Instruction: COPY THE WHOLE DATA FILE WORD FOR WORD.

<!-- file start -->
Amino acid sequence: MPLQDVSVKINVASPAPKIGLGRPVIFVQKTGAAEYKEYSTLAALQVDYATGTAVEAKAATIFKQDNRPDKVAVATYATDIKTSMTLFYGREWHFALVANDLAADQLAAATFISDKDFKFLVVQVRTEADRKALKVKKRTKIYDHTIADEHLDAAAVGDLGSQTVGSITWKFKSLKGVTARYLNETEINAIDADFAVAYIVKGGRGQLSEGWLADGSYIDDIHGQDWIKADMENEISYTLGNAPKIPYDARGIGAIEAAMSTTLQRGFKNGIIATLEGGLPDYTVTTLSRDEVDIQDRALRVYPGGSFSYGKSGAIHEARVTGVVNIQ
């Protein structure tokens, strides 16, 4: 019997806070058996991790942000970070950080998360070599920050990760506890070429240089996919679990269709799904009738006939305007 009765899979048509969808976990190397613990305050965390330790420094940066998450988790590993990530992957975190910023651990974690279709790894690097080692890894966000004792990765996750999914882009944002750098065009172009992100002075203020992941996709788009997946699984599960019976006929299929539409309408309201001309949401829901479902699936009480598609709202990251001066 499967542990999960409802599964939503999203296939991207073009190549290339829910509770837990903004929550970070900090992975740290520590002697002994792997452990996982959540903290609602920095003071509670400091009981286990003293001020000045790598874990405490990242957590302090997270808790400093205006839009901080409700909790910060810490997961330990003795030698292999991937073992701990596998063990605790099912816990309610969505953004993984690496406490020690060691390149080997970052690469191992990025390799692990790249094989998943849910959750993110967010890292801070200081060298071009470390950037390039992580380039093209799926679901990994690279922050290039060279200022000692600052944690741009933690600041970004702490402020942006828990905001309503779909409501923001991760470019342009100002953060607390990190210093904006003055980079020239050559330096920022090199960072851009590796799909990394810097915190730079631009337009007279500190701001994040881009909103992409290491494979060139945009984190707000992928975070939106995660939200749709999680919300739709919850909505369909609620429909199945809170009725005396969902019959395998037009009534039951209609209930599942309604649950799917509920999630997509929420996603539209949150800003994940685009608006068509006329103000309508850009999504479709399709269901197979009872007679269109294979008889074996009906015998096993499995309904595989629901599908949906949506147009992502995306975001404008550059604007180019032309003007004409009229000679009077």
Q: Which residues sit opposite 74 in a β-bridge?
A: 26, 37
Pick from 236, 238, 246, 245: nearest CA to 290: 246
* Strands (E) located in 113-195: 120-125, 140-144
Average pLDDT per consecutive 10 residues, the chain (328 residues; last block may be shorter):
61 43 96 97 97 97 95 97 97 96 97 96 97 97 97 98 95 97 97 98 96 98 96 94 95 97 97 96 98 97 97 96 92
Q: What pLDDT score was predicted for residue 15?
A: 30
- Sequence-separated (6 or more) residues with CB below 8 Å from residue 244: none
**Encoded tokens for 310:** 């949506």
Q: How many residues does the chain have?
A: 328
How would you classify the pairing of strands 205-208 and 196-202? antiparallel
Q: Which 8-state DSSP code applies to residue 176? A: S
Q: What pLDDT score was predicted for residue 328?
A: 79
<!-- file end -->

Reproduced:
Amino acid sequence: MPLQDVSVKINVASPAPKIGLGRPVIFVQKTGAAEYKEYSTLAALQVDYATGTAVEAKAATIFKQDNRPDKVAVATYATDIKTSMTLFYGREWHFALVANDLAADQLAAATFISDKDFKFLVVQVRTEADRKALKVKKRTKIYDHTIADEHLDAAAVGDLGSQTVGSITWKFKSLKGVTARYLNETEINAIDADFAVAYIVKGGRGQLSEGWLADGSYIDDIHGQDWIKADMENEISYTLGNAPKIPYDARGIGAIEAAMSTTLQRGFKNGIIATLEGGLPDYTVTTLSRDEVDIQDRALRVYPGGSFSYGKSGAIHEARVTGVVNIQ
């Protein structure tokens, strides 16, 4: 019997806070058996991790942000970070950080998360070599920050990760506890070429240089996919679990269709799904009738006939305007 009765899979048509969808976990190397613990305050965390330790420094940066998450988790590993990530992957975190910023651990974690279709790894690097080692890894966000004792990765996750999914882009944002750098065009172009992100002075203020992941996709788009997946699984599960019976006929299929539409309408309201001309949401829901479902699936009480598609709202990251001066 499967542990999960409802599964939503999203296939991207073009190549290339829910509770837990903004929550970070900090992975740290520590002697002994792997452990996982959540903290609602920095003071509670400091009981286990003293001020000045790598874990405490990242957590302090997270808790400093205006839009901080409700909790910060810490997961330990003795030698292999991937073992701990596998063990605790099912816990309610969505953004993984690496406490020690060691390149080997970052690469191992990025390799692990790249094989998943849910959750993110967010890292801070200081060298071009470390950037390039992580380039093209799926679901990994690279922050290039060279200022000692600052944690741009933690600041970004702490402020942006828990905001309503779909409501923001991760470019342009100002953060607390990190210093904006003055980079020239050559330096920022090199960072851009590796799909990394810097915190730079631009337009007279500190701001994040881009909103992409290491494979060139945009984190707000992928975070939106995660939200749709999680919300739709919850909505369909609620429909199945809170009725005396969902019959395998037009009534039951209609209930599942309604649950799917509920999630997509929420996603539209949150800003994940685009608006068509006329103000309508850009999504479709399709269901197979009872007679269109294979008889074996009906015998096993499995309904595989629901599908949906949506147009992502995306975001404008550059604007180019032309003007004409009229000679009077």
Q: Which residues sit opposite 74 in a β-bridge?
A: 26, 37
Pick from 236, 238, 246, 245: nearest CA to 290: 246
* Strands (E) located in 113-195: 120-125, 140-144
Average pLDDT per consecutive 10 residues, the chain (328 residues; last block may be shorter):
61 43 96 97 97 97 95 97 97 96 97 96 97 97 97 98 95 97 97 98 96 98 96 94 95 97 97 96 98 97 97 96 92
Q: What pLDDT score was predicted for residue 15?
A: 30
- Sequence-separated (6 or more) residues with CB below 8 Å from residue 244: none
**Encoded tokens for 310:** 């949506």
Q: How many residues does the chain have?
A: 328
How would you classify the pairing of strands 205-208 and 196-202? antiparallel
Q: Which 8-state DSSP code applies to residue 176? A: S
Q: What pLDDT score was predicted for residue 328?
A: 79